Role of TTFB in success of an e-commerce website

Updated 14 June 2017

Today we are living in an era where a buyer is surrounded by the options in terms of e-commerce websites. There are so many options are available for a buyer to purchase from. So we need to grab the buyer who visits our e-commerce website. But if the load time of our website is higher then buyer usually switch to other options.

There are various reasons for the higher load time of a website but TTFB is major in all of them. TTFB also plays an important role in sales conversion for an e-commerce website. When a website loads quickly then that website achieves a lower Bounce Rate (the percentage of visitors to a particular website who navigate away from the site after viewing only one page). If a user spends more time on a website then it leads to higher chances of sales conversion.

Introduction to TTFB :

Time To First Byte (TTFB) is a measurement used as an indication of the responsiveness of a web server to other network resources.

TTFB measures the duration from the user or client making an HTTP request to the first byte of the page being received by the client’s browser. This time is made up of the socket connection time, the time taken to send the HTTP request, and the time taken to get the first byte of the page. Although sometimes misunderstood as a post-DNS calculation, the original calculation of TTFB in networking always includes network latency in measuring the time it takes for a resource to begin loading.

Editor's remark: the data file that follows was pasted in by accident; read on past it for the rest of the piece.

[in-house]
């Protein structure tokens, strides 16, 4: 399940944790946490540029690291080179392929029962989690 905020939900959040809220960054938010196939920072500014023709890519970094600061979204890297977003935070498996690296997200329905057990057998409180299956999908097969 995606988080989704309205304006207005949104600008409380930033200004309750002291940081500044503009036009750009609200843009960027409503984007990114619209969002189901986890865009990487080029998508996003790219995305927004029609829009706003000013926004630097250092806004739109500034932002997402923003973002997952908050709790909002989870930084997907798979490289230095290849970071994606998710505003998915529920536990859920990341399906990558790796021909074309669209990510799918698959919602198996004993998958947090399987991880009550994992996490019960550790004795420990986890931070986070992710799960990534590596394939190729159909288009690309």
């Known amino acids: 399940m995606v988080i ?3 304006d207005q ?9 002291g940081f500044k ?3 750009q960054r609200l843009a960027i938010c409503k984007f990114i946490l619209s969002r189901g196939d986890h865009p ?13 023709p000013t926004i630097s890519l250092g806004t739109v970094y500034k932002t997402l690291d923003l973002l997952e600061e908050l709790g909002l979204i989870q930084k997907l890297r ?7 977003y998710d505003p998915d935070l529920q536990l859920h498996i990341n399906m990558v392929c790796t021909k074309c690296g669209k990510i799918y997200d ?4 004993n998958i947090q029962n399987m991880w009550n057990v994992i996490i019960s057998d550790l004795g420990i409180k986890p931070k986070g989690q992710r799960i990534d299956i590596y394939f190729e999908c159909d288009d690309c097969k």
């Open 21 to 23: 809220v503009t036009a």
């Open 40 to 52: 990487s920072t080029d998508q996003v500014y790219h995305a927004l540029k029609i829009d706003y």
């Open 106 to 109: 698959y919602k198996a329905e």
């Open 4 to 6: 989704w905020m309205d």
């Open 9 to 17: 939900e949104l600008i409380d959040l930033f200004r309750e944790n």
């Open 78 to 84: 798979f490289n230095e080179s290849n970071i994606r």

Improving TTFB with CDNs :

The main reason for greater TTFB is DNS Lookup. If DNS ( Domain Name System- It maps the IP address with the Domain Name) is greater, then your TTFB will be higher and your system will not respond quickly.

You can reduce TTFB by reducing the DNS Lookup (distance) between your content and your visitors. If your servers are in Atlanta, but your users are in Sydney, you don’t want your users to request content halfway around the world. Instead, you want to move that content as close to your users as possible.

Fortunately, there’s an easy way to do this, move your static content into a Content Delivery Network (CDN). CDNs automatically replicate your content to multiple locations around the world, geographically closer to your users. So now if you publish content in Atlanta, it will automatically copy to a server in Sydney from which your Australian users will download it. As you can see in the diagram below, CDNs make a considerable difference in reducing the distance of your user requests, and hence reduce the latency component of TTFB:

Before CDN :

After CDN :

To make an impact on TTFB, make sure the CDN you choose can cache the static HTML of your website homepage, and not just dependent resources like images, javascript, and CSS since that is the initial resource which google bot will request and measure TTFB.

There are a number of great CDNs out there including Akamai, Amazon Cloudfront, Cloudflare, and many other.

Visit for AWS Setup Services, Speed Optimization, and Virtualization of your e-commerce website.

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Category(s) cloud ecommerce
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